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College of Arts & Sciences

Preparing for the SPEAK Test

Ohio University offers the SPEAK Test (Speaking Proficiency English Assessment Kit, created by Educational Testing Services ETS) twice every semester. It is used to clear students who are not native English speakers for teaching assignments on campus.

Information Session

Students should watch this information session video before they arrive to take the test.


Questions about SPEAK test times, location or procedure should be addressed to Dr. Dawn Bikowski at or 740-593-0201. Questions about compliance with these standards should be addressed to Dr. Katherine Tadlock at or 740-597-2860.


Listen to native North American English speakers to find out how the following elements of an accent are expressed. You can look these topics up online for more information on what they are and how they sound.

Stress: word stress, phrasal stress, prominence. See word stress. See sentence stress. Intonation: pitch movement, tone choice, pitch range, key. See pronounciation. Rhythm: pausing between thought groups, linking, reductions, rate Consonants & Vowels.

Although it is difficult to study for this test since it is a test of skill, you can at least familiarize yourself with the format of the test and how it is rated. If you need to improve your pronunciation, this may take longer than you anticipate. You are encouraged to take one of ELIP’s Graduate Oral Communication Courses for help.

Study Tips

Practice recording your spoken answers to the sample test. Listen to your recordings for any weaknesses, then work to improve them. Again:

  • Your responses should address the task clearly and fully. Think not only about what to say, but also the organization of your answer. Please note that if you have addressed the task well, there is no penalty for not finishing what you wanted to say. (It is a test of spoken English, not timing.)
  • You should demonstrate an appropriate range of vocabulary and effective use of grammar.
  • You should speak fluently; in other words, your delivery should be smooth. Please understand that this is not the same as rate—speaking too quickly and without pausing between sentences can lead to low listener comprehension. Essentially, you want to sound like you are not making an effort to speak.
  • Your pronunciation should be intelligible with only very minor problems. That is to say that you can have an accent different from what is common here, but if you have frequent pronunciation errors or a heavy accent, your listeners will have difficulty understanding what you say, and your SPEAK test score will be lowered.
  • To prepare for the test, be sure you speak English most of the day, practice your grammar and vocabulary, practice speaking without being choppy, identify specific pronunciation issues you should work on, and work on those specifically every day. Repeated practice of the same questions over and over is generally not helpful for the test. More generally, it is useful to practice speaking at length about a variety of topics with different purposes. See the grading chart/rubric.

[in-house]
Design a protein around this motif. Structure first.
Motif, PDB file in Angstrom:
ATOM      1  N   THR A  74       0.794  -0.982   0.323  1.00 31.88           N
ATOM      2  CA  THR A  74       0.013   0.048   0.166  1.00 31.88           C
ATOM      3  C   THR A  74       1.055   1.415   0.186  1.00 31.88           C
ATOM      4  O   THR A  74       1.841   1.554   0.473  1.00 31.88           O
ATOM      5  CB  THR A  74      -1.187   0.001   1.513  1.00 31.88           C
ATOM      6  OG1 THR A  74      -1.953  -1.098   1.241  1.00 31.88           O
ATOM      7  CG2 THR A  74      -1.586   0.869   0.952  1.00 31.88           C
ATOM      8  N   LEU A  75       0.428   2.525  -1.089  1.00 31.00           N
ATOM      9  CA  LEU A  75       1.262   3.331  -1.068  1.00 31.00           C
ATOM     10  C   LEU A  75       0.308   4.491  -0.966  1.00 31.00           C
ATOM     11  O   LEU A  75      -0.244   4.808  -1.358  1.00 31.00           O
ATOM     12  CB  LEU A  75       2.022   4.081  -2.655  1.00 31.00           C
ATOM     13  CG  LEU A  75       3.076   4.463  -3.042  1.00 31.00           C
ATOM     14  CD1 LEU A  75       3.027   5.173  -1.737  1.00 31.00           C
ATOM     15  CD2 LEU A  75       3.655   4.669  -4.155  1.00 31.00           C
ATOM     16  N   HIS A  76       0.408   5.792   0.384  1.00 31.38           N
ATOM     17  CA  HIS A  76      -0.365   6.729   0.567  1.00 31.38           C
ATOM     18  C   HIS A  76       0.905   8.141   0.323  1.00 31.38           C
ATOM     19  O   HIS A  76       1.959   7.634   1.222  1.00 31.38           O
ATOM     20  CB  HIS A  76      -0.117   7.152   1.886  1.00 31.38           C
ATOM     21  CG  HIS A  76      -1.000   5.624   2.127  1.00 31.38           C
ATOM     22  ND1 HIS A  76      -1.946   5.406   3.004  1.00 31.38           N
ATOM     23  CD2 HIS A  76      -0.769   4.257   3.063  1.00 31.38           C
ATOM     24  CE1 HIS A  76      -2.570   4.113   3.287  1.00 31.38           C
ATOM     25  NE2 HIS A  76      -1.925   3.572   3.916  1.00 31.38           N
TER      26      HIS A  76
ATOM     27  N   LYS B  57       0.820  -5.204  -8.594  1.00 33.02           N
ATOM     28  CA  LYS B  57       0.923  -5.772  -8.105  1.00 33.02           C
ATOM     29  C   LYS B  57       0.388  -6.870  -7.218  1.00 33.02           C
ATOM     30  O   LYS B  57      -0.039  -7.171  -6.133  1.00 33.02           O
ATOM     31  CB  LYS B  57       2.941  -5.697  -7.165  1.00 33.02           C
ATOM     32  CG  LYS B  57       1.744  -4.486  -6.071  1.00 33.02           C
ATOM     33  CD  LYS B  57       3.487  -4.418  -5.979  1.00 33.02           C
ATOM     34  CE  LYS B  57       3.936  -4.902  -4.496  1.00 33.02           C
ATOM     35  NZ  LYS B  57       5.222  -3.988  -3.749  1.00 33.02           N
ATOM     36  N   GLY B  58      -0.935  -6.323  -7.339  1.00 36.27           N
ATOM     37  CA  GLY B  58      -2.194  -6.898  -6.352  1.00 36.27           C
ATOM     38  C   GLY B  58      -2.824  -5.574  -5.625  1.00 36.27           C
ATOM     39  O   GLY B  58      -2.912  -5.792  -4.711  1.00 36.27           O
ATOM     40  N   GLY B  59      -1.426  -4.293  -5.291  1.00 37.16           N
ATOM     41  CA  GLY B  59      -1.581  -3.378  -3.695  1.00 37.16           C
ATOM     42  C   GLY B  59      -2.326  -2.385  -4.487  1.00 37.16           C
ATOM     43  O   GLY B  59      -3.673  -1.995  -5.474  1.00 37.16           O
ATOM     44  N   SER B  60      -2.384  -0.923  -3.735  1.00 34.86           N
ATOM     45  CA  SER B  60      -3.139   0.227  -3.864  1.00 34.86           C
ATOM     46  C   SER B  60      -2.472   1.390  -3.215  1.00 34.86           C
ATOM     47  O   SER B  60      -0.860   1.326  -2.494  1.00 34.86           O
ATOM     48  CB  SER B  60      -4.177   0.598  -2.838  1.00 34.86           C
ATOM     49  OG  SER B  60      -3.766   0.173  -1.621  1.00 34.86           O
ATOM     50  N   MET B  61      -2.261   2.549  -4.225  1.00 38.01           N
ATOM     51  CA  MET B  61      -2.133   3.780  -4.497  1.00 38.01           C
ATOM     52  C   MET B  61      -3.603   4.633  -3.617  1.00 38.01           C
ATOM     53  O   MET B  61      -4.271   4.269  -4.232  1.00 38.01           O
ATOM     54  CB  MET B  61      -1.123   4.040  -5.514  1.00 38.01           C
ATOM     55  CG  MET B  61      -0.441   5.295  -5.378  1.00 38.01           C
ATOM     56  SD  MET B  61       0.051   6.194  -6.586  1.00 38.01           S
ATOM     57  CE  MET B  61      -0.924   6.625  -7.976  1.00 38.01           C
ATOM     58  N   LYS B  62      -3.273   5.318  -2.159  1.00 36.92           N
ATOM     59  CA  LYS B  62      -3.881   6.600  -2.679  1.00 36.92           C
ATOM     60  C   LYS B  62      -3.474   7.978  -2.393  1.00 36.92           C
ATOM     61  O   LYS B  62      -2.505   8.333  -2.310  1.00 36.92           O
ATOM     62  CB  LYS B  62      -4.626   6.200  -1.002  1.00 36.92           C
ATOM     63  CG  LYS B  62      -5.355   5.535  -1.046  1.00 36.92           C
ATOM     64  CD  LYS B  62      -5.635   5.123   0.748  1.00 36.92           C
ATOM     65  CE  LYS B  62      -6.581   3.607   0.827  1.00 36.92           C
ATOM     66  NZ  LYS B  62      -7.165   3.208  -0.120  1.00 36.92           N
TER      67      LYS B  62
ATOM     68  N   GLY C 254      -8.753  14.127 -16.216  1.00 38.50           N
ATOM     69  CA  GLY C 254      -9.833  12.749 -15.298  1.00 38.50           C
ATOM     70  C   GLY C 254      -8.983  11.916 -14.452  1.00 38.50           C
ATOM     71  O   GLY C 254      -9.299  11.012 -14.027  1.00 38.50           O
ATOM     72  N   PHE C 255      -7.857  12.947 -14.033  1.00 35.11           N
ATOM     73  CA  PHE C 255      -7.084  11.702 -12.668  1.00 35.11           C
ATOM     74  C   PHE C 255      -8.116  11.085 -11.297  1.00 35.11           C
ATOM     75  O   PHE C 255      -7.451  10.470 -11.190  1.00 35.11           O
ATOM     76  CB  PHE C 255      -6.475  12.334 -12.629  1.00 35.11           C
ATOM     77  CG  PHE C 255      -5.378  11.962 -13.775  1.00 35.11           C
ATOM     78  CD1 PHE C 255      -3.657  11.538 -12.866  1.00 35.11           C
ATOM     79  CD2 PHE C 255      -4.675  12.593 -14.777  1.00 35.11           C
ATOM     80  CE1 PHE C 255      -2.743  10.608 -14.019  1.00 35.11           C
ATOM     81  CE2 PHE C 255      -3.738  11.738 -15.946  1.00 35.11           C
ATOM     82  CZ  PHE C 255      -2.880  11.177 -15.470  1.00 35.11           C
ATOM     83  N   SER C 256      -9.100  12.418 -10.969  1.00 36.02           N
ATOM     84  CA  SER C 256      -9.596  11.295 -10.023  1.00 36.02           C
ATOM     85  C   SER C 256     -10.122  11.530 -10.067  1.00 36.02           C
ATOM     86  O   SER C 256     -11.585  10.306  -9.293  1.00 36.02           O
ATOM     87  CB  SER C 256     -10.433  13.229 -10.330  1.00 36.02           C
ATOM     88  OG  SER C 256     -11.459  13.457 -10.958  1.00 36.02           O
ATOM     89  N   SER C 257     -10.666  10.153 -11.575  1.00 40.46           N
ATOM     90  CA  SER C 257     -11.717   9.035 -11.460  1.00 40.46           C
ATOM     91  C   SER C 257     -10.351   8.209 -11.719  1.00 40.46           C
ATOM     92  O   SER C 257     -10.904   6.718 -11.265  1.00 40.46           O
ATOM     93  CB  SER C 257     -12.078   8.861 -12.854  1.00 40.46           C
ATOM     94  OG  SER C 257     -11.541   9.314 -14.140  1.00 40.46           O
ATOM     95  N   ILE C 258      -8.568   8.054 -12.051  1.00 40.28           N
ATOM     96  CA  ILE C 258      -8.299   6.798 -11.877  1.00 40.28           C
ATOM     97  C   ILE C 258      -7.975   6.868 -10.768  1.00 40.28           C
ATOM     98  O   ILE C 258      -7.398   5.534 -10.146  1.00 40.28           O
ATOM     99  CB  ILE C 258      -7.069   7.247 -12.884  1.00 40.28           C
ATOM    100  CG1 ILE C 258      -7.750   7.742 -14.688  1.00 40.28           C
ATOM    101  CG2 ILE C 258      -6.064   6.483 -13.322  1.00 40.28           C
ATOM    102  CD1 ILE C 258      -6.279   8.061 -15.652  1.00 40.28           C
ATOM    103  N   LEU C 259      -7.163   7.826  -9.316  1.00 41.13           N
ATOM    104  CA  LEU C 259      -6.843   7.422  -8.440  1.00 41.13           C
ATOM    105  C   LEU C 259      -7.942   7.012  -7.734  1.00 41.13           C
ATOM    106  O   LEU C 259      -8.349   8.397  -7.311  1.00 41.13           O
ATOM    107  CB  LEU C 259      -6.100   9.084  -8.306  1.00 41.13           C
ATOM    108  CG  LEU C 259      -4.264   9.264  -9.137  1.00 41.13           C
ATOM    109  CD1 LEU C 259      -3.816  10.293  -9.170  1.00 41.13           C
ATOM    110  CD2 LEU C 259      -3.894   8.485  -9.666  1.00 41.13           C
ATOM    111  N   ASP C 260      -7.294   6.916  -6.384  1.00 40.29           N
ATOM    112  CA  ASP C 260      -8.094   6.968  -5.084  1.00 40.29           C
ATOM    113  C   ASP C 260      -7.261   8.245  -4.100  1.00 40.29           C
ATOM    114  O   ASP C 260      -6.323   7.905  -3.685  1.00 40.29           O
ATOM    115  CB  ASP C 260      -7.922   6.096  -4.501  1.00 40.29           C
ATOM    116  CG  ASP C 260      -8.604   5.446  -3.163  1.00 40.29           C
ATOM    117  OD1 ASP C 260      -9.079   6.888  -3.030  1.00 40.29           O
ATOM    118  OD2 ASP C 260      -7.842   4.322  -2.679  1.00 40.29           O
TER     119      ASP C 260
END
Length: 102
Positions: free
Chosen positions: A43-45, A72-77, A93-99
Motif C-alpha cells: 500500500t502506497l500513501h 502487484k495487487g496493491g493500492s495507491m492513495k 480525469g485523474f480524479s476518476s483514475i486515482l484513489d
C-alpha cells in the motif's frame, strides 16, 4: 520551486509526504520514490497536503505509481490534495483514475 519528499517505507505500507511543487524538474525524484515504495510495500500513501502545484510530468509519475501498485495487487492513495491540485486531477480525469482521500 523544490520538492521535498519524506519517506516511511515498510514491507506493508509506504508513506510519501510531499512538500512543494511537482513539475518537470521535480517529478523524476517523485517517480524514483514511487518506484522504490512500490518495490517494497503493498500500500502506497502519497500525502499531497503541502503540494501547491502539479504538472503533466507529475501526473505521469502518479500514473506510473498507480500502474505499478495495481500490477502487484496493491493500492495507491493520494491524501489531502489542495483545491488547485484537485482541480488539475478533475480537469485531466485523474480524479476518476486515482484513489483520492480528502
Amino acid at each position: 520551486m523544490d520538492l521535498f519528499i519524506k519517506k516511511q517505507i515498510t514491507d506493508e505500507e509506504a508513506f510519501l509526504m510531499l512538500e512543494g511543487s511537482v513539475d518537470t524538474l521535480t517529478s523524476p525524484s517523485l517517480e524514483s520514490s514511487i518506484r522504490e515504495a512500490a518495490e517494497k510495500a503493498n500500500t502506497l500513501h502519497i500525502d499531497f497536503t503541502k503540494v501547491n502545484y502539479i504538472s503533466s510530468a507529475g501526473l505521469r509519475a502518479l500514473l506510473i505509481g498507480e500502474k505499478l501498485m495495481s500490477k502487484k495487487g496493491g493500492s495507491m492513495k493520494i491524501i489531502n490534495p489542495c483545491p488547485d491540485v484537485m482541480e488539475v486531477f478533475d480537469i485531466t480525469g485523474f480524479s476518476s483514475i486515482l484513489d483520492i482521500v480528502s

Please remember the following details about the test:

  • Only graduate students who have been registered for the test by their department and have a photo ID can take the test.
  • The test takes approximately 30 minutes to complete and is recorded on a computer. You also receive the questions in a printed booklet that you can read during the test.
  • The test consists of 12 questions and speaking prompts. Time is given to think of the response before having to answer. There is no penalty for giving an incomplete response if the speaker is cut off with the next question. No pencils or note taking are allowed during the test.
  • The test is designed to evaluate your general language proficiency, so you will be asked questions about topics not necessarily related to your field of study. Typical prompts are a question for directions on a map, describing a graph, discussing one’s opinion about a subject, comparing and contrasting two ideas, telling a story based on a series of pictures, making recommendations, giving alternate scenarios, and explaining changes to a schedule.
  • It is important to speak clearly and to answer all of the questions as completely as possible.
  • Responses are rated based on how easily an U.S. undergraduate would understand the responses. Higher scores are awarded to responses that are clear, smooth and not choppy, have clear pronunciation and correct word stress and intonation, have no confusing grammar or vocabulary mistakes, make sense in terms of content, and require little effort to understand. According to Educational Testing Services, four categories are used to rate responses: functional competence (knowing how to use language for functions such as giving directions); sociolinguistic competence (knowing how formal of language and tone to use in different situations); discourse competence (being able to organize your response logically and use things such as transition markers); and linguistic competence (knowing effective vocabulary and grammar to use; having accurate pronunciation; having smooth delivery; and being intelligible overall).


  • Questions about SPEAK test times, location or procedure should be addressed to Dr. Dawn Bikowski at or 740-593-0201.
  • Questions about compliance with these standards should be addressed to Dr. Katherine Tadlock at or 740-597-2860.

Departmental Social Media

College of Arts & Sciences